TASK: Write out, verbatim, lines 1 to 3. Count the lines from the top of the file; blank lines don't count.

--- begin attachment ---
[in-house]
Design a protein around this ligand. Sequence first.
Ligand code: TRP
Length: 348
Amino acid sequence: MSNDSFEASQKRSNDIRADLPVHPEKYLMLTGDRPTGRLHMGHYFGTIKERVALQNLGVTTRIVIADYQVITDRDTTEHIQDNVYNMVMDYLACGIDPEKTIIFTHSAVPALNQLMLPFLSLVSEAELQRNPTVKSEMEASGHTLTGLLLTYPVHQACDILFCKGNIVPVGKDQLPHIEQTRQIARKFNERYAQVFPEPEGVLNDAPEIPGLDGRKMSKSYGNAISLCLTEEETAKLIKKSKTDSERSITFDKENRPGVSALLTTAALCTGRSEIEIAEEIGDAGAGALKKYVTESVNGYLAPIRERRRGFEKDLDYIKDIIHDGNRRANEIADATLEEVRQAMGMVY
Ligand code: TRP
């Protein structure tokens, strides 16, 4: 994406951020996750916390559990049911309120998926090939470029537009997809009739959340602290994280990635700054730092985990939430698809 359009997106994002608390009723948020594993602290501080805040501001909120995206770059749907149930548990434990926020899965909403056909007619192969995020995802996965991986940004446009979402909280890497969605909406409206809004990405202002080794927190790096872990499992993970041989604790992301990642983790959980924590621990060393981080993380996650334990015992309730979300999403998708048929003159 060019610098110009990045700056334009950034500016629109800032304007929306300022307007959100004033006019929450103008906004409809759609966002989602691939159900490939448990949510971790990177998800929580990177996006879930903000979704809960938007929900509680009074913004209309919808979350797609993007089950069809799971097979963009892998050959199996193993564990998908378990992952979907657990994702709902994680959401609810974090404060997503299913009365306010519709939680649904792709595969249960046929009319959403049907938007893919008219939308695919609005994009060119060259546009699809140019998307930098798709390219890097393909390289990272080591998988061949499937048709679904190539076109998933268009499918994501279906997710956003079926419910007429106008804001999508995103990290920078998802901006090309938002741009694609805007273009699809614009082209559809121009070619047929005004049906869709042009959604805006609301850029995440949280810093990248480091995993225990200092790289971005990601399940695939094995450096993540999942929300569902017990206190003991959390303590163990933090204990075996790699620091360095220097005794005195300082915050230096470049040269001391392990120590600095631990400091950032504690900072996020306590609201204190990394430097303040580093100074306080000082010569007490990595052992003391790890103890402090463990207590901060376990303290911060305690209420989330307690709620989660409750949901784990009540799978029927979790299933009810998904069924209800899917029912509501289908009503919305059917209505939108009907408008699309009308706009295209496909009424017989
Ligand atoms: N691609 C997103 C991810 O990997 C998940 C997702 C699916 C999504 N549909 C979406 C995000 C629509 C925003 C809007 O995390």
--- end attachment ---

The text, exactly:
[in-house]
Design a protein around this ligand. Sequence first.
Ligand code: TRP